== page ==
It was the publisher’s choice, and when I first heard it recited on the telephone I heard “heir” as “air” and was altogether puzzled. Perhaps the publisher hoped to market it as a romance novel. The jacket, after all, describes “a grand romantic novel of desire.” My original title was Lights and Watchtowers, two solid nouns derived from the title of a medieval sectarian tractate which plays a metaphorical role in the novel. But a friend pointed out that the phrase “lights and watchtowers” is reminiscent of a concentration camp or a prison, so I gave it up. I’d also suggested The Bear Boy, but that sounded like a children’s book, so that too had to be relinquished. I’ve often been asked to parse the meaning of the published title and I’ve had to invent something applicable. It took me a long time to think of it. Very briefly, “glimmering world” stands for the past. Each of us eventually acquires a past, happy or sad, and whether we like it or not, the past is always trailing after us. But it isn’t constant; it flickers in and out of consciousness. Still, we can’t escape it and we are, willy-nilly, heir to its glimmerings.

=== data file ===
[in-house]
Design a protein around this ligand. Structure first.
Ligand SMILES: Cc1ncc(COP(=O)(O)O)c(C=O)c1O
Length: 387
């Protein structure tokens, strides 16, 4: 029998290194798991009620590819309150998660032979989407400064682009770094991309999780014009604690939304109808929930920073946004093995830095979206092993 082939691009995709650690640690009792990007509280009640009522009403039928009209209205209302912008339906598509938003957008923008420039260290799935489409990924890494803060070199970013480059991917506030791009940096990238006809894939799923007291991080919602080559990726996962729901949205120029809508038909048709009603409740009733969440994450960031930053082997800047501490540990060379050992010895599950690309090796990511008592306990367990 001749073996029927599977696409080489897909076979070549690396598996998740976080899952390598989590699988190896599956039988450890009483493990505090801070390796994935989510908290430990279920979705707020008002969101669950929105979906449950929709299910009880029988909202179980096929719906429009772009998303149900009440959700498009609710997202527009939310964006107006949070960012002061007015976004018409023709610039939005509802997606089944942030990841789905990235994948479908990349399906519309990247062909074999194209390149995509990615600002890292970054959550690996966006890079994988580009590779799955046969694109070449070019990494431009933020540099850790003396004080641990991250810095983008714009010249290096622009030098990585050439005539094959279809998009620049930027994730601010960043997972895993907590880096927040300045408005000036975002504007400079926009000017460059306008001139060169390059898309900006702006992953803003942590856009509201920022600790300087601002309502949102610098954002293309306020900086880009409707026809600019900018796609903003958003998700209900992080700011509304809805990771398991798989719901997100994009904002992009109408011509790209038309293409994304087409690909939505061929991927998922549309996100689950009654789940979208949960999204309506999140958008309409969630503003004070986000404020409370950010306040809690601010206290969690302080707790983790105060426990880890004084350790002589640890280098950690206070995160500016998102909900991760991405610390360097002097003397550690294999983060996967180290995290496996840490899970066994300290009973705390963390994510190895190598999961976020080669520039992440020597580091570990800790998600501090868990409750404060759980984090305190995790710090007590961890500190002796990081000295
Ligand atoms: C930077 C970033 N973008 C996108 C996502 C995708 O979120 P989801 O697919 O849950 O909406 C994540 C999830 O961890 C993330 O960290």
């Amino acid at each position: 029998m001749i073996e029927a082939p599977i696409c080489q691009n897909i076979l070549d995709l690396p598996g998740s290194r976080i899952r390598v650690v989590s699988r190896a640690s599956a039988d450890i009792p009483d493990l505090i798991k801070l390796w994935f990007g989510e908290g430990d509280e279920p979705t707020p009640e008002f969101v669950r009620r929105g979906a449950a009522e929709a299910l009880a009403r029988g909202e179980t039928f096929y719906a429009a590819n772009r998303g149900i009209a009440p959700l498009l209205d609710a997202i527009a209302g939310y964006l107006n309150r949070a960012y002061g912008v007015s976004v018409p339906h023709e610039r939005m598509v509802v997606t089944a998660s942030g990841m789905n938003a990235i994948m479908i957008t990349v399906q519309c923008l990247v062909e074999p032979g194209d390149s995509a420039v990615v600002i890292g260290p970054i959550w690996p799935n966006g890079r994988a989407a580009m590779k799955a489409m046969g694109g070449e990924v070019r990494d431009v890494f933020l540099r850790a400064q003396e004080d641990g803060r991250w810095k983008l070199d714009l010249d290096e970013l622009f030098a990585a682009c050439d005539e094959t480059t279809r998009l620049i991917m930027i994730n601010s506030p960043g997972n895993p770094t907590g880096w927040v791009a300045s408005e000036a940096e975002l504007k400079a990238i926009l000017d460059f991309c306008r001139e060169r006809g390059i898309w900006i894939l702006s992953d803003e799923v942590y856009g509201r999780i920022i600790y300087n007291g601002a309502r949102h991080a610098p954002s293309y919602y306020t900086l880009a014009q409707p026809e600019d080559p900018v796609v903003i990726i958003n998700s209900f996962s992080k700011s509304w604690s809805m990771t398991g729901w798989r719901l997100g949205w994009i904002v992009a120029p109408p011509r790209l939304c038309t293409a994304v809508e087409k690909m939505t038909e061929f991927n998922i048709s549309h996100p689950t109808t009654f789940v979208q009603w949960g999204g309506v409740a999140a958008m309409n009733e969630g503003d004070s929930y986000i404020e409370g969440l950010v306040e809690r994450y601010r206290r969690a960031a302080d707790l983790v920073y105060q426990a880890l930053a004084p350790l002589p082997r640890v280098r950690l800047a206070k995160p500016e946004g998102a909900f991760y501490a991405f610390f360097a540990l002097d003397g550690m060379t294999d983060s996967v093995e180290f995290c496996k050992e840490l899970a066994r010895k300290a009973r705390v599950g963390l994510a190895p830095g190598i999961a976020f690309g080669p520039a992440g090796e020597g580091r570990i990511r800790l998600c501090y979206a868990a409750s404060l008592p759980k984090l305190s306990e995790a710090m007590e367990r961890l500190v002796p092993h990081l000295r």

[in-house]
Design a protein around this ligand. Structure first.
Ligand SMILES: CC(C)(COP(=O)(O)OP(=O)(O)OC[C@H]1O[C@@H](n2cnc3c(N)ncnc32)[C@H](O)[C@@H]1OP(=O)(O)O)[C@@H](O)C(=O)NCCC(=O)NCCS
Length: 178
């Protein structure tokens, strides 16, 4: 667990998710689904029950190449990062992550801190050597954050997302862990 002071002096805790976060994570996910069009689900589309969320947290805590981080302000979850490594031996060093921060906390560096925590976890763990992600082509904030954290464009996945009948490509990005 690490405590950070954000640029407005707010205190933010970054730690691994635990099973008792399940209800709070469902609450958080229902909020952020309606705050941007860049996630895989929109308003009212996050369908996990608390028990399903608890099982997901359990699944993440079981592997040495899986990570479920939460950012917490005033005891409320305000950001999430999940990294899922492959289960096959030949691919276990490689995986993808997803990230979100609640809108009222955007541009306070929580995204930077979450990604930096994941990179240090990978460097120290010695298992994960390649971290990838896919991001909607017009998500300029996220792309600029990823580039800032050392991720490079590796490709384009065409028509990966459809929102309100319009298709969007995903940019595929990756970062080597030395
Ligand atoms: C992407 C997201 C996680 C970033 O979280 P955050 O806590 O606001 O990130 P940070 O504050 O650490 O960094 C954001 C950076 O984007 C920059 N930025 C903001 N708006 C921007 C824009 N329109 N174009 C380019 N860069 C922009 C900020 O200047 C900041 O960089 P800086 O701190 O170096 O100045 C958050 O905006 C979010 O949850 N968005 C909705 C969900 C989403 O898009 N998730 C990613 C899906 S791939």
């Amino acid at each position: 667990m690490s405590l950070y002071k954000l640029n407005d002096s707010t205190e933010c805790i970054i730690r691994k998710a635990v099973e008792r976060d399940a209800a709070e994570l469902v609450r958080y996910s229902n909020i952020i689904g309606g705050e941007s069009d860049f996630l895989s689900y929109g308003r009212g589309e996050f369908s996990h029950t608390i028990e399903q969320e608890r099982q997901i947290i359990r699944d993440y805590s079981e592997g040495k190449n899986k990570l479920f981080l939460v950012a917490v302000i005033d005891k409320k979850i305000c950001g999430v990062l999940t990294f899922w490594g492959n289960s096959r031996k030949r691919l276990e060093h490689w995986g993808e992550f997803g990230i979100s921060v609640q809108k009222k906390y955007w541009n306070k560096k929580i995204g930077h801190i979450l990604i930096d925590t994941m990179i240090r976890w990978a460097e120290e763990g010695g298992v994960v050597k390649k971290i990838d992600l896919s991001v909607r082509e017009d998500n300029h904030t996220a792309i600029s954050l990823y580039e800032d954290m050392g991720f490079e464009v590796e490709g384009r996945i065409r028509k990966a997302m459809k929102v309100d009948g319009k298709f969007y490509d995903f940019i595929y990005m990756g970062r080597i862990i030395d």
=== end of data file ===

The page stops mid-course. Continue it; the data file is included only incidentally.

I would imagine you would have fun with it when you made up its meaning.
There was a lot of laughter on the book tour when I had to confess that I didn’t really know what the title meant.
“Dictation” struck me as a joke on two things. There is the concept of the death of the author. There is also a joke on the feminist criticism of the Western canon as a repository for dead white males. Here we have two women who have a small effect on Henry James and Joseph Conrad’s work.
One reviewer did call it a feminist story. This aspect never occurred to me as a possible theme, though of course I can see it now. But what do you mean -- it sounds very lit crit -- when you speak of “the death of the author?” Are you talking about the post-modern, are you steeped in that stuff?
No, I’m not. It’s the idea we have been so steeped in of one writer and one book that we can’t imagine The Odyssey as being written by any more than one figure. We can’t imagine Henry James and Joseph Conrad being affected by outside figures.
They both had the same agent!
I wanted to ask you about your voice. I read a lot of Newark, albeit filtered through Henry James and Thomas Mann, in Philip Roth. I read a lot of Chicago, filtered through Thomas Mann, in Saul Bellow. I can’t hear an accent in your books. I thought of someone who speaks English beautifully but as a second language.